Happy Holidays, faithful readers.
Each year I try to track bicycle news of note for the year. You might notice a regional focus.
How many of these items do you remember? What have I missed?
Transportation Secretary Ray LaHood announces his resignation from the Obama administration
League of American Bicyclists begins to focus on diversifying their membership base.
Lance Armstrong appears on Oprah and confesses to doping.
NAHBS in Denver.
Colorado Supreme Court orders the city of Black Hawk to take your bike ban and shove it.
Former LAPD officer Christopher Dorner goes rambo and takes on the entire southern California law enforcement community. In his rambling manifesto to clear his name, he admonishes cyclists to get off the road.
Goals for national bicycle and pedestrian safety proposed in Congress.
Boulder County judge rejects plea deal with road raging driver who was caught harassing a group of cyclists on video.
Former California Senator Nicholas Petris passes at age 90. The Oakland Democrat introduced bills in the 1960s to limit car ownership and to ban sale of the internal combustion engine.
Sonoma County becomes first county in the nation to pass a vulnerable user / anti-harassment law for cyclists and pedestrians.
Google announces the end of Reader. If you haven’t found a good RSS reader yet, I recommend Feedspot.
Fat bikes at Walmart.
Jenny Hatfield begins the Bay Area stolen bike posse, which directly leads to the recovery of several stolen bikes and enhanced policing in San Francisco and other cities.
Fabrian Cancellara wins Paris-Roubaix.
BEGRIMED: CitiBike – America’s largest bike share system – debuts in New York City. Dorothy Rabinowitz’s epic bike share rant goes viral.
Al Fritz, designer of the iconic Schwinn Sting Ray bicycle, passes at age 88.
22 year old Emma Way convicted of failing to stop for an accident after she tweets about hitting a “bloody biker.”
Levi Leipheimer announces retirement from pro cycling.
Anthony Foxx selected as U.S. Transportation Secretary. He assumed office July 2, 2013.
Tejay van Garderen wins the 2013 Amgen Tour of California.
Austin Police Department begins active enforcement of city three foot passing law with plain clothes officers riding bikes. Says Austin police chief Art Acevedo, “The time for excuses is over, and the time for not knowing what the law is over.”
The Motor City now built for bikes.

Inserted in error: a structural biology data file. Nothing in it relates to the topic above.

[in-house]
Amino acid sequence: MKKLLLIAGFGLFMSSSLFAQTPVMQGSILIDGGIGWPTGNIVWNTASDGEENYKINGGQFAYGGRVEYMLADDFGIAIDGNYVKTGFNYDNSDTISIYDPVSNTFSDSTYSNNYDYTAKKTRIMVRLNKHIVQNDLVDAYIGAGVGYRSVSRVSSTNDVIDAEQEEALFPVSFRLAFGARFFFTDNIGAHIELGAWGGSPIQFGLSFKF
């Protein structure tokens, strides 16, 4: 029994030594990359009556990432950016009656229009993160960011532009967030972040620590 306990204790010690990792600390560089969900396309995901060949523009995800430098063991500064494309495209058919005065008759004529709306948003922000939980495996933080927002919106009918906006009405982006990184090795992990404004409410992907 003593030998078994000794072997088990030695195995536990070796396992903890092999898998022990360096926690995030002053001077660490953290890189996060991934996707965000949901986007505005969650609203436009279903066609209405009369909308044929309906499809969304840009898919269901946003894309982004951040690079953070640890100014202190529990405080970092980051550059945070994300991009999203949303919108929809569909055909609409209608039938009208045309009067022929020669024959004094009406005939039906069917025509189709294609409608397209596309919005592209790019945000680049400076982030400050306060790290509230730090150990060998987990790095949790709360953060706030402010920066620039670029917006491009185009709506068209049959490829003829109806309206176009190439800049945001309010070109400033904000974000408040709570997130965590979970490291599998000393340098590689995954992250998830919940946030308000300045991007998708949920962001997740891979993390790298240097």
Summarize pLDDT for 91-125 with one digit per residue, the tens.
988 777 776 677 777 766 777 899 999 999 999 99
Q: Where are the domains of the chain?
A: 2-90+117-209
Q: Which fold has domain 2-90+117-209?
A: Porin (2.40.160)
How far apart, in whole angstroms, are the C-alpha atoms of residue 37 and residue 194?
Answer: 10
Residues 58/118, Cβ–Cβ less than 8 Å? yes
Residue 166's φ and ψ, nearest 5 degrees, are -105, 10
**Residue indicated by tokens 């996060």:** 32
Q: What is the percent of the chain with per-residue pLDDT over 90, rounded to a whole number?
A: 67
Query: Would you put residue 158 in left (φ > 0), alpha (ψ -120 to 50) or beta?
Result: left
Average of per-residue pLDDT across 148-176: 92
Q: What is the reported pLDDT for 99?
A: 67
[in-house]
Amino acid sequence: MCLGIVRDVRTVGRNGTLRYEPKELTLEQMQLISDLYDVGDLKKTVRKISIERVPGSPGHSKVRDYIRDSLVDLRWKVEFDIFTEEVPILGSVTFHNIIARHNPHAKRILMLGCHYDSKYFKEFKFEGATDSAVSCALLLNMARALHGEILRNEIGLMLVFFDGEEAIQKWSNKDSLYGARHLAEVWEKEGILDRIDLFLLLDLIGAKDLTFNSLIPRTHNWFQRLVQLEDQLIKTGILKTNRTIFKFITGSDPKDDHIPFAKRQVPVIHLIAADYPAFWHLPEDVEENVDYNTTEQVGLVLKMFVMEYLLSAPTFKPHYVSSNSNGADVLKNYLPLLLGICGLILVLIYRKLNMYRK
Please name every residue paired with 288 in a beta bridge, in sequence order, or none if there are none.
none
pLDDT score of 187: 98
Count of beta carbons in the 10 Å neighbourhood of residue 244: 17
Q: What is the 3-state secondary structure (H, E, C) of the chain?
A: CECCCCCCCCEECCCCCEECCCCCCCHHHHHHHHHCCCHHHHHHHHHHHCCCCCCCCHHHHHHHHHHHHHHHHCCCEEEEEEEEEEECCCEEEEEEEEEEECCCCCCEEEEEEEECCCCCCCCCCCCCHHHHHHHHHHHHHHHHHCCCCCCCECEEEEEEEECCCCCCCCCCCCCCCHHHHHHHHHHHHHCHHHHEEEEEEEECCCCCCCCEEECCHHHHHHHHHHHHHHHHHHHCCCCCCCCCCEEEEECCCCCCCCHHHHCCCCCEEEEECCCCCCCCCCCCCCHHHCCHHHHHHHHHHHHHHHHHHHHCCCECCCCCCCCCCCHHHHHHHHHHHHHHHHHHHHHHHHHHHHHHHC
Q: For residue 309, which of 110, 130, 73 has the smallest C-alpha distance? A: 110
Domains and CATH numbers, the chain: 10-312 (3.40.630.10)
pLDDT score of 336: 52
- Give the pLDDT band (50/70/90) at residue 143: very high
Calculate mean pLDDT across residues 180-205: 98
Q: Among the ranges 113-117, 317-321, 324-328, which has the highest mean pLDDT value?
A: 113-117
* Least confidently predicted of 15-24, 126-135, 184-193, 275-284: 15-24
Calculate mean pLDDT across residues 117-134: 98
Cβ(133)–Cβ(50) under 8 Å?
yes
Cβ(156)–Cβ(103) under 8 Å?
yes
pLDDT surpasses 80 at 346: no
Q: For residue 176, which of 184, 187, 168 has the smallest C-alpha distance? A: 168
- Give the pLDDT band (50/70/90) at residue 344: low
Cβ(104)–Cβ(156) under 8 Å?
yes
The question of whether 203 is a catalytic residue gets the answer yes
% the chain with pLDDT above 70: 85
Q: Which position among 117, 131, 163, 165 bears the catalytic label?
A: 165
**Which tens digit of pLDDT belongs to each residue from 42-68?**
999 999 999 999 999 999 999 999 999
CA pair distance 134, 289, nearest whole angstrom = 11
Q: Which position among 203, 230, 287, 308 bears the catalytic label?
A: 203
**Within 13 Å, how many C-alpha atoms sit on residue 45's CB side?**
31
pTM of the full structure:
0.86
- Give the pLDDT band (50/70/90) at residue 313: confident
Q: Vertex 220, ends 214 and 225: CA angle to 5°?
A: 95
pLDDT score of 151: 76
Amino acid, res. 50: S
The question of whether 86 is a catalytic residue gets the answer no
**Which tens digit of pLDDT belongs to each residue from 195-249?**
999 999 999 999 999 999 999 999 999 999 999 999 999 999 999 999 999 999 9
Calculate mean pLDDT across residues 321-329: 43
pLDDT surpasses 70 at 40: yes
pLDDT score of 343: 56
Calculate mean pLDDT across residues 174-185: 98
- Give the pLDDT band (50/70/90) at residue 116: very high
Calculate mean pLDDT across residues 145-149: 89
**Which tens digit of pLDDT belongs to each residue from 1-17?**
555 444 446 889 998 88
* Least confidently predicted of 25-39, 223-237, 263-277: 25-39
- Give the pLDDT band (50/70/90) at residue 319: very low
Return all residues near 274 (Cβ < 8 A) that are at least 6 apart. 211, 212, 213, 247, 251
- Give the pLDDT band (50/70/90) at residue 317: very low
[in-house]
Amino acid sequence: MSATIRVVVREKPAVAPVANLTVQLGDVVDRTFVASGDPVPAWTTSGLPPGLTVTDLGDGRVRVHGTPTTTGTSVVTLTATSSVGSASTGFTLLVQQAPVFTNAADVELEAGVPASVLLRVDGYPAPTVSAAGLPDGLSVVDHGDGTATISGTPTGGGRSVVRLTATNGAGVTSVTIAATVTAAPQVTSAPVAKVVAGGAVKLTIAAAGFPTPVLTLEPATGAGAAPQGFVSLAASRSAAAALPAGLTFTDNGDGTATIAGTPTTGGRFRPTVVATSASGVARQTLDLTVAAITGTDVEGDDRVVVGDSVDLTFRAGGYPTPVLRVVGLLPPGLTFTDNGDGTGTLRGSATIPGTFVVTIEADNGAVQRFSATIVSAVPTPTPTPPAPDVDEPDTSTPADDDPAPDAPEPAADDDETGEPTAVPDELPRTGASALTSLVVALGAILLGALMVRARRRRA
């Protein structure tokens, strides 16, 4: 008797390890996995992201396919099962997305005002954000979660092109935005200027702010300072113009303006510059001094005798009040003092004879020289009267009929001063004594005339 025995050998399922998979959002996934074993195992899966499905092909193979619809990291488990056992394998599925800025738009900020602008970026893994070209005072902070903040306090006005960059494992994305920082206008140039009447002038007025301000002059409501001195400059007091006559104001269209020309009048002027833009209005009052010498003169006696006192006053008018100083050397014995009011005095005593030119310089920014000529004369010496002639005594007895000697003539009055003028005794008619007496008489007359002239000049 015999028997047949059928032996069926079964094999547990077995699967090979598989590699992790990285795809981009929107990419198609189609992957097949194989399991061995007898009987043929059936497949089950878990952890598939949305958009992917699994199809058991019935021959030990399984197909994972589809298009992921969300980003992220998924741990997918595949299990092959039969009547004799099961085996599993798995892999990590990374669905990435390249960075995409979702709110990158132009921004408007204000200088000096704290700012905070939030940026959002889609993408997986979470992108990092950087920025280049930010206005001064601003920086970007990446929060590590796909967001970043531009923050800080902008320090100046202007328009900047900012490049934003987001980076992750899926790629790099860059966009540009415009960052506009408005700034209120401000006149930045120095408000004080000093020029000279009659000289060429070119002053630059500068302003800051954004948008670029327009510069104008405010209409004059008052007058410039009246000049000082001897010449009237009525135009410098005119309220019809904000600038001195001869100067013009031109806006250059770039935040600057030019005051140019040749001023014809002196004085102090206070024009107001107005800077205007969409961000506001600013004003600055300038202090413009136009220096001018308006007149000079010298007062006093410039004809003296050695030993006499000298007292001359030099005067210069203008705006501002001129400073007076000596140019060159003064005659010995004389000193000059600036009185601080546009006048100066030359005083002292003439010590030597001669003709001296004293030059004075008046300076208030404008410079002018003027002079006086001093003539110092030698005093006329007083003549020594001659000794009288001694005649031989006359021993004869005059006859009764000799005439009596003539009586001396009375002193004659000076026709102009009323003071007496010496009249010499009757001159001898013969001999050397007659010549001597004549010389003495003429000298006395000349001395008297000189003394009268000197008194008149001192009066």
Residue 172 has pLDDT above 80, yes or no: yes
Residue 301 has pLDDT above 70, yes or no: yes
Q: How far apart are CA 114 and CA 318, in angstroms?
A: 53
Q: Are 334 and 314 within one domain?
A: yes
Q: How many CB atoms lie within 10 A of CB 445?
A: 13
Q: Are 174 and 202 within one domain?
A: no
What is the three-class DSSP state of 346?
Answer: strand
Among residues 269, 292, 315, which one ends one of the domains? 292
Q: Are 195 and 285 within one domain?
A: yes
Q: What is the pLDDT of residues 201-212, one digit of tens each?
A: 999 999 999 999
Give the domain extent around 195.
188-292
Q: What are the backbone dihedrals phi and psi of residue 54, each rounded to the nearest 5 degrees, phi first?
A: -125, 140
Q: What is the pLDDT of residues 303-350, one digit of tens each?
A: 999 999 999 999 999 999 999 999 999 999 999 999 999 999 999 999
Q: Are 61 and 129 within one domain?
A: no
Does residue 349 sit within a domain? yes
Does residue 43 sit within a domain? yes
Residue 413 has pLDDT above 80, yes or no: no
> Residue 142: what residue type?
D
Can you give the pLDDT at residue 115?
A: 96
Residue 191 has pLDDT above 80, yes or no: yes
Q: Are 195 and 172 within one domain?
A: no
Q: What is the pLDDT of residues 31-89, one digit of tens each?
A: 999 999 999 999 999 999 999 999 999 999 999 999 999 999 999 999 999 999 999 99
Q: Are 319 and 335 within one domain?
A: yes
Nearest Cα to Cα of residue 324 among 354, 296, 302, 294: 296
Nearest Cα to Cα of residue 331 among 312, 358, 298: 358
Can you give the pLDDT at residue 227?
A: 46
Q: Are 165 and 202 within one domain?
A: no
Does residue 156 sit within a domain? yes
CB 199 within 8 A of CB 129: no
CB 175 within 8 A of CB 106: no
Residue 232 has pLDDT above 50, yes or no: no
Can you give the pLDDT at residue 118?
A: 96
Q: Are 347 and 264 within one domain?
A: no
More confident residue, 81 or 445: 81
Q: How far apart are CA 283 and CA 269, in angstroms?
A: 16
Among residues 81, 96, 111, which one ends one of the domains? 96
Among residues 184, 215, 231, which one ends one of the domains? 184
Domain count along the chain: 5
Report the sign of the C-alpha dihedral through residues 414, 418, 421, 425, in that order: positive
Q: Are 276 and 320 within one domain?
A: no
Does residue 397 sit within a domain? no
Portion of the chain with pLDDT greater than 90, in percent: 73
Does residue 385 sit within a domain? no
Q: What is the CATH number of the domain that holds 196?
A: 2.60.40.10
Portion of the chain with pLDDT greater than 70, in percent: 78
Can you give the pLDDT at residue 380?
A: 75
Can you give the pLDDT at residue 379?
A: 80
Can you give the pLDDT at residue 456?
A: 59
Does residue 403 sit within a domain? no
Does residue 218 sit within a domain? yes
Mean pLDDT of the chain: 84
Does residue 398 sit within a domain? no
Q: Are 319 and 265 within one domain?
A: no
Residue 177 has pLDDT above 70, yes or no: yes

100th Edition of the Tour de France begins on the island of Corsica.
A fan was just driving along on her way to a Dave Matthews concert when she Dave Matthews with a flat tire on the side of the road.
Chris Froome, riding for Team Sky, wins the 100th Tour de France in Paris.
SF Bay Area Bike Share launches.
Who can forget Jens Voigt’s fabulous solo breakaway during State 4 of the USA Pro Challenge in Colorado?
Governor Jerry Brown finally signs a California 3 foot law, which takes effect September 16, 2014.
41-year-old Chris Horner becomes the oldest winner of a Grand Tour when he takes the 2013 Vuelta a España.
Amgen renews its title sponsorship of the Tour of California.
San Diego Association of Governments (SANDAG) approves $200M for bicycle projects.
Pittsburg drive with care campaign launches.
California exempts bike plans from environmental review.
Squirrel vandalizes college professor’s bicycle.
After an experimental trial periood, BART lifts the ban on bikes for commute time travel on Transbay and San Francisco BART trains. East Bay commuters rejoice.
California bike summit in Oakland.
Tesla vs cyclist in Santa Cruz County. The Santa Cruz attorneys office is actively investigating the death of cyclist Joshua Alper. Santa Cruz County District Attorney Bob Lee says Alper’s death is a “high priority” for his office.
Bike commuter helps driver in distress.
Cluster of cyclist fatalities in London leads to calls for better road safety, especially by operators of heavy goods vehicles (trucks).
Santa Cruz County Regional Transportation Commission divvies out the initial $5.3 million to begin work on the Monterey Bay Sanctuary Scenic Trail.
Specailized sends cease & desist letter to a tiny shop in Alberta over the Roubaix name. Within 72 hours of the story going viral on social media, Specialized CEO Mike Sinyard flies to Canada to apologize to shop owner Dan Richter in person for the snafu and offers to work out a deal beneficial to both companies.
A week of product recalls: Fox Evolution forks, Trek Madone, and SRAM hydraulic brakes.
Happy trails and safe travels for you all!
Divvy – Chicago ‘s bike share